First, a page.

Dr. King and Collective Liberation
This week, we remember Martin Luther King Jr., the renowned civil rights leader and Christian minister who promoted racial equity, desegregation, and Black liberation through nonviolence. Dr. King was born January 15, 1929, and died April 4, 1968, at age 39. This day has been observed in various communities since the 1970s and became a national holiday in 1986.
Dr. King was a prolific writer and orator, sharing his message of Black liberation from race supremacy in every form he could. His message resonated deeply with Black Americans, but Dr. King was well aware that the injustices and violence of white supremacy affected more than African Americans. In his 1963 book Why We Can’t Wait, he explains that “for too long the depth of racism in American life has been underestimated…yet to focus upon the Negro alone as the “inferior race” of American myth is to miss the broader dimensions of the evil.” He continues:
“Our nation was born in genocide when it embraced the doctrine that the original American, the Indian, was an inferior race. Even before there were large numbers of Negroes on our shores, the scar of racial hatred had already disfigured colonial society … We are perhaps the only nation which tried as a matter of national policy to wipe out its indigenous population. Moreover, we elevated that tragic experience into a noble crusade. Indeed, even today we have not permitted ourselves to reject or to feel remorse for this shameful episode. Our literature, our films, our drama, our folklore all exalt it.”
Obviously, the work of Dr. King and other civil rights activists is far from finished. The scourge of White supremacy is alive and well, as anyone who experiences a racialized identity in this country knows. King rightfully points to the colonial American attitudes toward Native people as the starting place for White supremacy in the United States. The settlers of this country chose to ignore any moral inklings of human rights or dignity as they strode across our lands, claiming everything in front of them as their own and utilizing every means to eliminate our ancestors who stood in their way. It was this same attitude that permitted the colonizers to enslave millions of African people and their descendants, exploiting their lives for personal profit. These similar experiences with colonialism and the unrelenting desire for sovereignty and liberation bind us with our Black relatives as we live the story of America.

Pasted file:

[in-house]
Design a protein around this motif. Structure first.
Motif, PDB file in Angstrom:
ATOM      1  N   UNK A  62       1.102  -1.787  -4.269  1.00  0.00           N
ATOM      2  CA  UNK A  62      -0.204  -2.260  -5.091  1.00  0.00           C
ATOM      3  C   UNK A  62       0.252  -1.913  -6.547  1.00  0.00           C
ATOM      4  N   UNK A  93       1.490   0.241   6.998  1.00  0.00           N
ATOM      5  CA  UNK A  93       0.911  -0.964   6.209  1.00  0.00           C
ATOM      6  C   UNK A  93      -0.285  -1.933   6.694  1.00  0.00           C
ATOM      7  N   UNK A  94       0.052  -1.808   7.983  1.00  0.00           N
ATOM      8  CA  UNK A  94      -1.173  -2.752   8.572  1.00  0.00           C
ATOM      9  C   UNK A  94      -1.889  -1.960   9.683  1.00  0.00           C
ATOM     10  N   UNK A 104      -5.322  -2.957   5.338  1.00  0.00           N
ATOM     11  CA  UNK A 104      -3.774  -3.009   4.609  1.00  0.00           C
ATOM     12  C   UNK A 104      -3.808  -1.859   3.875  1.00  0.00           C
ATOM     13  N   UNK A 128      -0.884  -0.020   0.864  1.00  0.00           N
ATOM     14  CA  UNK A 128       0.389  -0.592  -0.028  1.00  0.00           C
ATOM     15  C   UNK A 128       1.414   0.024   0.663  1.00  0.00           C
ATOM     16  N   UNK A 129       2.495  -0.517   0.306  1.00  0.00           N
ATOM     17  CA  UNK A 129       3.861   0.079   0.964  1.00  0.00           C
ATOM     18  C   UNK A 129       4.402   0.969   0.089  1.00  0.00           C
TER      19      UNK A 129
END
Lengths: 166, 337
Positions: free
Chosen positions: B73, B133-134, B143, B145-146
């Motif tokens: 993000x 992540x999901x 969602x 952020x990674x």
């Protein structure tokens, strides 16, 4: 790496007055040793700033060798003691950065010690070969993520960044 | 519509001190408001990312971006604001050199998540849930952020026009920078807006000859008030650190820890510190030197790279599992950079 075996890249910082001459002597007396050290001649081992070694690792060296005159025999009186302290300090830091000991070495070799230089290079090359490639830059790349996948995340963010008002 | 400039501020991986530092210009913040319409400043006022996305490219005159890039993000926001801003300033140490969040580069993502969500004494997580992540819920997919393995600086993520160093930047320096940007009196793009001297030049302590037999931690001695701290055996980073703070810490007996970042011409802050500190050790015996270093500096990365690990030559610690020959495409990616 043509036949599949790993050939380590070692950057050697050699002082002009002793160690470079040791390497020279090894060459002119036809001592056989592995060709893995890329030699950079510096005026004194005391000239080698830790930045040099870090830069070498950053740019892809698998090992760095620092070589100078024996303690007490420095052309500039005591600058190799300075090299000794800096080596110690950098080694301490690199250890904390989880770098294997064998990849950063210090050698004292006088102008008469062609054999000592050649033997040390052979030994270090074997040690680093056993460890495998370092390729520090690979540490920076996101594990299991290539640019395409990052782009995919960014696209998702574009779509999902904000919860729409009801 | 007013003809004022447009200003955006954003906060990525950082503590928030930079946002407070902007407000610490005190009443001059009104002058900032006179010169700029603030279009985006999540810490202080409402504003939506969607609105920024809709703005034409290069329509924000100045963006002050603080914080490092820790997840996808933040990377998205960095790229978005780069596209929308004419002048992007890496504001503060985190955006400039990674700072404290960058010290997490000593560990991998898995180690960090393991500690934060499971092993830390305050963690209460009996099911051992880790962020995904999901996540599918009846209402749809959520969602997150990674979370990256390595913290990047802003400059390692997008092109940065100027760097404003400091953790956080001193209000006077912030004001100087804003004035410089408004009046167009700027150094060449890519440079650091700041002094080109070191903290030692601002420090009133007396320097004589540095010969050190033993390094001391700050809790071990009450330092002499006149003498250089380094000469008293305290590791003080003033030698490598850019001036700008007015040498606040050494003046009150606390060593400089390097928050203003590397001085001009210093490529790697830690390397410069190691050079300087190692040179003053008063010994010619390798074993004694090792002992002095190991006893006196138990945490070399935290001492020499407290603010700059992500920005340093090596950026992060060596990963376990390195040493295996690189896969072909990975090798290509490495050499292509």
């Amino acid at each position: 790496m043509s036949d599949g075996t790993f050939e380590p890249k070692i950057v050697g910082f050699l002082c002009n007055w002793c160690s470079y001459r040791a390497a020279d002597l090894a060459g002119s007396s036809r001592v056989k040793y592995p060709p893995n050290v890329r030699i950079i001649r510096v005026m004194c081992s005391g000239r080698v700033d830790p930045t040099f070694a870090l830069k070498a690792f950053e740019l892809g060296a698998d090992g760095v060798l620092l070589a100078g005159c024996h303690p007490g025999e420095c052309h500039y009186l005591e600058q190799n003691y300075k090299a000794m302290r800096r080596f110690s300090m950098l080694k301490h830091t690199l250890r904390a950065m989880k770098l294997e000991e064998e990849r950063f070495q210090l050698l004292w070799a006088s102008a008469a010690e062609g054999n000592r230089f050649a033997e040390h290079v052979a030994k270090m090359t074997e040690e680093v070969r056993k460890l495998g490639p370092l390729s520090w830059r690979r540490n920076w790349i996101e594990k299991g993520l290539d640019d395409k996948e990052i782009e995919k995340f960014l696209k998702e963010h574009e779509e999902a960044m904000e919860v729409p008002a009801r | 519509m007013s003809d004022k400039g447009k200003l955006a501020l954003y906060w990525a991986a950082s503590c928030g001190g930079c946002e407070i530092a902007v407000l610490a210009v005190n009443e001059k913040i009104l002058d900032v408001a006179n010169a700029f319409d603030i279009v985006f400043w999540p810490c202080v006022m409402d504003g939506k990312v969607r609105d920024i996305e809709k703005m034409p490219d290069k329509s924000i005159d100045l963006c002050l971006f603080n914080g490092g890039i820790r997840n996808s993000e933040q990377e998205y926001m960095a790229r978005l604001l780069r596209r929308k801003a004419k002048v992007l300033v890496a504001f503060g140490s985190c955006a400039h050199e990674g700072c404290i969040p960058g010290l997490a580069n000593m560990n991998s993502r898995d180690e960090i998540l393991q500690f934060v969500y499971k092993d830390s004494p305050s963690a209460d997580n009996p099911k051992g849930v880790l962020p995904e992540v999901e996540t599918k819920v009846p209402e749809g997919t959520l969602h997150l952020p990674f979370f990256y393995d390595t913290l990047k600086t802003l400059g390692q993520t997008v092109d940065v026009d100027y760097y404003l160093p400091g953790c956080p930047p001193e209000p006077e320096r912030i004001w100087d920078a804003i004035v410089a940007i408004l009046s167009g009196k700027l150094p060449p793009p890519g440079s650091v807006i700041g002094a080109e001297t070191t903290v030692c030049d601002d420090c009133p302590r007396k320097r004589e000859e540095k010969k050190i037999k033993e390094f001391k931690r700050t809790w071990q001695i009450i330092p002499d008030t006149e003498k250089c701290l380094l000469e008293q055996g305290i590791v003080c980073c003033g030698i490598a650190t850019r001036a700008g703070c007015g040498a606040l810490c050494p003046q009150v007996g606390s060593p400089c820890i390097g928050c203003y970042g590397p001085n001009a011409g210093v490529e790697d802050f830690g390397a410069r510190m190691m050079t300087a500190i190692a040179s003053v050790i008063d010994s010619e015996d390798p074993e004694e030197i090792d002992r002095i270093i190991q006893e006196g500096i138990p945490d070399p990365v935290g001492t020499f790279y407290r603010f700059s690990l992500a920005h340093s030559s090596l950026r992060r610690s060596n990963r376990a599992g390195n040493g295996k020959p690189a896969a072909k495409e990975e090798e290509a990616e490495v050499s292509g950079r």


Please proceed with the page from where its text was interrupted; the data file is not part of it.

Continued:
As we reflect on the work of Dr. King and the connections to Native people (detailed more in this article), we have the opportunity to deepen our own antiracism. Antiracism is the notion that being “not racist” is simply not enough to address the systemic racism that persists in America. American University professor and author Ibram Kendi has written on this idea, including in the book How to be Antiracist. This interview of Dr. Kendi is a great starting place for learning more about antiracism. He says, “Individuals are either part of the forces that are challenging racist power, or are knowingly or unknowingly supporting it.” While it’s true that the vast majority of Americans do not identify as White supremacists or are members of the KKK, the work of collective liberation is active – starting with the ways we work to identify our own internalized racism, and continuing into how we challenge racist policies that maintain power for White people at the expense of everyone else.
It has been 54 years since Dr. King was taken from us by violence and cowardice. But the work he nurtured is ever-present. May we take his work into our own hearts, and recognize that collective liberation, and communities built on mutual sovereignty, interdependence, and respect, are the only healthy ways forward for our species.
Mickki Garrity (Bodewadmi) is an enrolled in the Citizen Potawatomi Nation, a Cobell Scholar, a Doris Duke Conservation Scholar, and is pursuing a BS in Native environmental science at Northwest Indian College.